US Air Force launches first hypersonic missile that has an unknown speed

The United States Air Force has launched its first prototype hypersonic missile developed by Lockheed Martin that can travel at 15,000 mph.

1 minute & 18 seconds read time

The US Air Force (USAF) has tested its first prototype hypersonic missile that it expects will reach operational status, according to a USAF statement released on December 12.

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The new hypersonic missile called AGM-183A Air-launched Rapid Response Weapon, or ARRW (Arrow) for short, is developed by Lockheed Martin, and according to reports, its design is based on previous work by the Defense Advanced Research Projects Agency (DARPA). Notably, previous test vehicles designed by DARPA have alleged a ridiculous maximum speed of 15,000 mph, or Mach 20. However, that is yet to be fully confirmed.

Reports indicate that the US Air Force originally had doubts about the AGM-183A as testing since April 2021 has seen several failed attempts to showcase its performance capabilities. The failed tests casted doubt on the entire program, but now that the hypersonic missile has been tested off the Southern California coast on December 9, hope in the program has been reignited. According to the US Air Force, the missile is designed to take out high-value time-sensitive targets across the battlefield, meaning it will likely be used to destroy ground assets that are fixed and unable to move very quickly.

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"The ARRW team successfully designed and tested an air-launched hypersonic missile in five years. I am immensely proud of the tenacity and dedication this team has shown to provide a vital capability to our warfighter," said Brig. Gen. Jason Bartolomei, Armament Directorate Program Executive Officer, said in the USAF statement.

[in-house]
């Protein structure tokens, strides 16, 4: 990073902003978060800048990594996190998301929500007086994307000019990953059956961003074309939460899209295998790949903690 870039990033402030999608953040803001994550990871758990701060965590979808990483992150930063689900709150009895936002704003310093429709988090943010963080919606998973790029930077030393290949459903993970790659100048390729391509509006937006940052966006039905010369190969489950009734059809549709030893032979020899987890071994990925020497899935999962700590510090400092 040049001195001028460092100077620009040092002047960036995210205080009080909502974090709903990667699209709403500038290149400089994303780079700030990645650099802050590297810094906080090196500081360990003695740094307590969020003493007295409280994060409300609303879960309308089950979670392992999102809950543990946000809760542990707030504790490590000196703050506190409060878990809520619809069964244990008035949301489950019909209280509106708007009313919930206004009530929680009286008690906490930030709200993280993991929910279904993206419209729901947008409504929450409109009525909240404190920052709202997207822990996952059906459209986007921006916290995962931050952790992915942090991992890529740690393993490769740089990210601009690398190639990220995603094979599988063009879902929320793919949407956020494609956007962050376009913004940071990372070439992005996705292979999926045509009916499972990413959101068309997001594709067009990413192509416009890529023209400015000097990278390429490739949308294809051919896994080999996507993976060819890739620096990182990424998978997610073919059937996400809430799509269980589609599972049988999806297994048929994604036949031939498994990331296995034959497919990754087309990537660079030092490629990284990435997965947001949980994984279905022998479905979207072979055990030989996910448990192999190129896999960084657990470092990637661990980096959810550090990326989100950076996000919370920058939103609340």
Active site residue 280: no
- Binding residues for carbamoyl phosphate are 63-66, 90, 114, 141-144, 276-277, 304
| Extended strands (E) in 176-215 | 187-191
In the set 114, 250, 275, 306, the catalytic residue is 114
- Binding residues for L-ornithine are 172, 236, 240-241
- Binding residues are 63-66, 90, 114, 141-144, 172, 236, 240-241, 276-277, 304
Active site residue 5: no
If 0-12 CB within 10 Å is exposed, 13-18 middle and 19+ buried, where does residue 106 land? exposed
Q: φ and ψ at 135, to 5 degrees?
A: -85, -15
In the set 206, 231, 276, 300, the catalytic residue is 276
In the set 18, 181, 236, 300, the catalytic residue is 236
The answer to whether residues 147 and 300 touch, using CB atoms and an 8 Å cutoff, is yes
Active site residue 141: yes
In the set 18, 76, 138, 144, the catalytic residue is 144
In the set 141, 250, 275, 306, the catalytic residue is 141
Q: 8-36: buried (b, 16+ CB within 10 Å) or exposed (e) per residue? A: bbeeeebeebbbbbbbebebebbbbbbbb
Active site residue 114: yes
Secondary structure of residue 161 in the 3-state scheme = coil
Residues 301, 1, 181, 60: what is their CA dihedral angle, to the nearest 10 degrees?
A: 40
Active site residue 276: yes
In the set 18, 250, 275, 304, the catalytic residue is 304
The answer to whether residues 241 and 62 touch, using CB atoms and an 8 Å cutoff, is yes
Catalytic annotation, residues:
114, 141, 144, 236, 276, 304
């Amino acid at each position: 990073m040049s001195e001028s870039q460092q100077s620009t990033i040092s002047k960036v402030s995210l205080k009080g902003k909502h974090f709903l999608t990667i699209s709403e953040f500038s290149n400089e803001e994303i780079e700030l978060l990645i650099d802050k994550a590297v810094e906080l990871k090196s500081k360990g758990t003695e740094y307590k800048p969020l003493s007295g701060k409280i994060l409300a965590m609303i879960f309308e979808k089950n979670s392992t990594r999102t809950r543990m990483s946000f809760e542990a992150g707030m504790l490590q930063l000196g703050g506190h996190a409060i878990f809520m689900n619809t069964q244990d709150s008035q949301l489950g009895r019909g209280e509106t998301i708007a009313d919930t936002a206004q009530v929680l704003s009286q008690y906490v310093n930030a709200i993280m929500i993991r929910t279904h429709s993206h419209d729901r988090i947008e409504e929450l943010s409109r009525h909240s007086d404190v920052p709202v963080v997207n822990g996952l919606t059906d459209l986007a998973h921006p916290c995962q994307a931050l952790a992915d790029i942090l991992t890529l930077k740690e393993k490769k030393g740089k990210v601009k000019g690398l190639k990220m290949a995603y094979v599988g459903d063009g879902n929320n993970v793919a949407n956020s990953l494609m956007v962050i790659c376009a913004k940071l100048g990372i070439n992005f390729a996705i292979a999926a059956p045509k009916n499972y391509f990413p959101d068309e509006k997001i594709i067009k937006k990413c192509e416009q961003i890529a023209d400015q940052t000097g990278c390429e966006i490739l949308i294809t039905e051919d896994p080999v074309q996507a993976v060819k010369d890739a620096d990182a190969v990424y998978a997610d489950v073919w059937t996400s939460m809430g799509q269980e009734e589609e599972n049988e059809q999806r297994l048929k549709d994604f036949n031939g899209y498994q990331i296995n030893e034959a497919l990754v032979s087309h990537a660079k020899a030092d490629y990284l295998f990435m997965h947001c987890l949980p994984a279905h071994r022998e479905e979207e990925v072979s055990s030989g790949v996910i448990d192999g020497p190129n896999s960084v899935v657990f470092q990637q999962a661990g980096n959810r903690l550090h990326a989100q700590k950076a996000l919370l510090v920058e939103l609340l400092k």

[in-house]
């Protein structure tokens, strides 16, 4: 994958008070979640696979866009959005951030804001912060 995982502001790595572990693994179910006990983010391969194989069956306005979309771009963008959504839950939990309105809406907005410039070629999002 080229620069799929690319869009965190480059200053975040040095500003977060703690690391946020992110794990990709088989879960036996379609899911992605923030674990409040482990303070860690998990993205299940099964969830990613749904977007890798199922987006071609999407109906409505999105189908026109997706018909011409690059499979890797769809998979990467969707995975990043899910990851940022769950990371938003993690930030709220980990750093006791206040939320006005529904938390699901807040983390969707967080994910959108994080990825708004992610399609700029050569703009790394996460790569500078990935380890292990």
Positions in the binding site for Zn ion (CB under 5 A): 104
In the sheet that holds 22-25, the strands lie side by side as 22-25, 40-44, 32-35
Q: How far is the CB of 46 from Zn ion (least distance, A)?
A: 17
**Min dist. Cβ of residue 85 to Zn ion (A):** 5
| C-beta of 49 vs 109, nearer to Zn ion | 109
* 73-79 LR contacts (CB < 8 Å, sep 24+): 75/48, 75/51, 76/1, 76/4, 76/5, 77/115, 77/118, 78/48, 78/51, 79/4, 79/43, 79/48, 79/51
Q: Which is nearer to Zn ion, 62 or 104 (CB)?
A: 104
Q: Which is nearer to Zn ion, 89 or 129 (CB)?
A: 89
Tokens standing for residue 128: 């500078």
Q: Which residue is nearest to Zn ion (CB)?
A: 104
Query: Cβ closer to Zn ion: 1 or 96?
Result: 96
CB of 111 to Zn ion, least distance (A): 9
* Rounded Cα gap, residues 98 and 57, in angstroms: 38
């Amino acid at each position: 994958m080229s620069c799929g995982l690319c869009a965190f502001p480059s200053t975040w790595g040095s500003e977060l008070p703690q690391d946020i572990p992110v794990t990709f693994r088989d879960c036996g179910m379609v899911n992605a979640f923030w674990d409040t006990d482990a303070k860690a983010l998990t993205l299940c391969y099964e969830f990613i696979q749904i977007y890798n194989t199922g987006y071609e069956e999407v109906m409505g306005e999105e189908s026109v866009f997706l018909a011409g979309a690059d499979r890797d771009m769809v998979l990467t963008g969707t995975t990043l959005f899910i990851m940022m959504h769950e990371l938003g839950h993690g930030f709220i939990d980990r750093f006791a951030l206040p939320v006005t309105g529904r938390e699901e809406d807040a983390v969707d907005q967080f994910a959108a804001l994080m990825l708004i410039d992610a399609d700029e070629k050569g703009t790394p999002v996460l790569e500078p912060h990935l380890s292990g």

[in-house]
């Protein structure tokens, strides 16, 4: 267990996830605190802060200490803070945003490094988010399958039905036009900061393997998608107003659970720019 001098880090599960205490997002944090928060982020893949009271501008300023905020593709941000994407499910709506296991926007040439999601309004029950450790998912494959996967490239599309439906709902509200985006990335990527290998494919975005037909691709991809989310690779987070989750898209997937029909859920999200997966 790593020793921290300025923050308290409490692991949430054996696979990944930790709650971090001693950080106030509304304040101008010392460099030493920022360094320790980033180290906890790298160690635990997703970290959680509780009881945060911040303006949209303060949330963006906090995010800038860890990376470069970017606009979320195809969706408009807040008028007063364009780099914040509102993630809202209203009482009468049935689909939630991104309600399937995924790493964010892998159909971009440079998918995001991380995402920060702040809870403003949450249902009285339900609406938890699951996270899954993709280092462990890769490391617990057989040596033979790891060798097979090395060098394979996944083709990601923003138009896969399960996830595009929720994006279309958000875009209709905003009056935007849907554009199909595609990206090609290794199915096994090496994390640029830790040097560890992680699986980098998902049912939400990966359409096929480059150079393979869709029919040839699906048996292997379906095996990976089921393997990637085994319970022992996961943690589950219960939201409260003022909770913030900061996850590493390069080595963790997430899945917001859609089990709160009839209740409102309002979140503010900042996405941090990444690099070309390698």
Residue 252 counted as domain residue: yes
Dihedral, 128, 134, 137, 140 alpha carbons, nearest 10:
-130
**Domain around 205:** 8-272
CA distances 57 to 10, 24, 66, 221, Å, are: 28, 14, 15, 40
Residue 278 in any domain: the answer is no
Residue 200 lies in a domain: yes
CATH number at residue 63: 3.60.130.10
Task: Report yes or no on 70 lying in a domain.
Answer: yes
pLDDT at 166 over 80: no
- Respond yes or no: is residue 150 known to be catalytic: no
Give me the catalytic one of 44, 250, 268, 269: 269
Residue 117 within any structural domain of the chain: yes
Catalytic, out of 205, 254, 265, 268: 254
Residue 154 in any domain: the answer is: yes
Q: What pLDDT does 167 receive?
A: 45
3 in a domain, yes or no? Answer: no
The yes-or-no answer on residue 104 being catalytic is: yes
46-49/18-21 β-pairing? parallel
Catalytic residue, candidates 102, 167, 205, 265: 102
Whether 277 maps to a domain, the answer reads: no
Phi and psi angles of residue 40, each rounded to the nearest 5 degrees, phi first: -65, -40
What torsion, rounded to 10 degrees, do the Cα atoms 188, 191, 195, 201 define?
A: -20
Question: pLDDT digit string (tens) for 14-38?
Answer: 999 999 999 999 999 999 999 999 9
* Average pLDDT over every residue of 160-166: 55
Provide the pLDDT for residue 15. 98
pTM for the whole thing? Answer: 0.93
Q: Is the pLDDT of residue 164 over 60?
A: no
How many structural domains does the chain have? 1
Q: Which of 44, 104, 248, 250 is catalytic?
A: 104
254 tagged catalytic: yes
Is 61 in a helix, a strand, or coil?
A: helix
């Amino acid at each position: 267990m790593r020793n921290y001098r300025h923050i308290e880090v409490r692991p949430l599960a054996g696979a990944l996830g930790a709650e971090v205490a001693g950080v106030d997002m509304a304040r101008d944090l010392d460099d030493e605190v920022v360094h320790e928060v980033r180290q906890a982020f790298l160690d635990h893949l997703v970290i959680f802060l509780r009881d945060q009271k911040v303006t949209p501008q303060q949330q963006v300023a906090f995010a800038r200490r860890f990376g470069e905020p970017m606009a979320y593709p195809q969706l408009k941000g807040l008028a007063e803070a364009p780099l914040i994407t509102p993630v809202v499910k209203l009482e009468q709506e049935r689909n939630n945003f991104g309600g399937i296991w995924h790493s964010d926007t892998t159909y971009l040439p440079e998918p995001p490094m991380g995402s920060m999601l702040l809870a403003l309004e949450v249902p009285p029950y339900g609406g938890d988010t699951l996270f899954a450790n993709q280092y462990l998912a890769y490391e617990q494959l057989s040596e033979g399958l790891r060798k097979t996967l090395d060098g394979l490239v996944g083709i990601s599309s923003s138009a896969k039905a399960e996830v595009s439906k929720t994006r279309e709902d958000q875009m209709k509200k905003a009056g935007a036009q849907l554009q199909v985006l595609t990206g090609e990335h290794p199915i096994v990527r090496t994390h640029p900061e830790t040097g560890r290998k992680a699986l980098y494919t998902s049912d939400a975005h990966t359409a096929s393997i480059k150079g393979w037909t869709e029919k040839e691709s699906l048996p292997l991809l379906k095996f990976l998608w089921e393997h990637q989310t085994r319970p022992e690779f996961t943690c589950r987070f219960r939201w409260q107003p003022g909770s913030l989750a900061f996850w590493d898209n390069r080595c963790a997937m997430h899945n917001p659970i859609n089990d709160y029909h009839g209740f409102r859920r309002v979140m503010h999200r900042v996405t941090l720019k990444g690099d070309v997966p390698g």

"This test was the first launch of a full prototype operational missile. Previous test events focused on proving the booster performance. Following the ARRW's separation from the aircraft, it reached hypersonic speeds greater than five times the speed of sound, completed its flight path and detonated in the terminal area. Indications show that all objectives were met," wrote the US Air Force.

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Jak joined the TweakTown team in 2017 and has since reviewed 100s of new tech products and kept us informed daily on the latest science, space, and artificial intelligence news. Jak's love for science, space, and technology, and, more specifically, PC gaming, began at 10 years old. It was the day his dad showed him how to play Age of Empires on an old Compaq PC. Ever since that day, Jak fell in love with games and the progression of the technology industry in all its forms. Instead of typical FPS, Jak holds a very special spot in his heart for RTS games.

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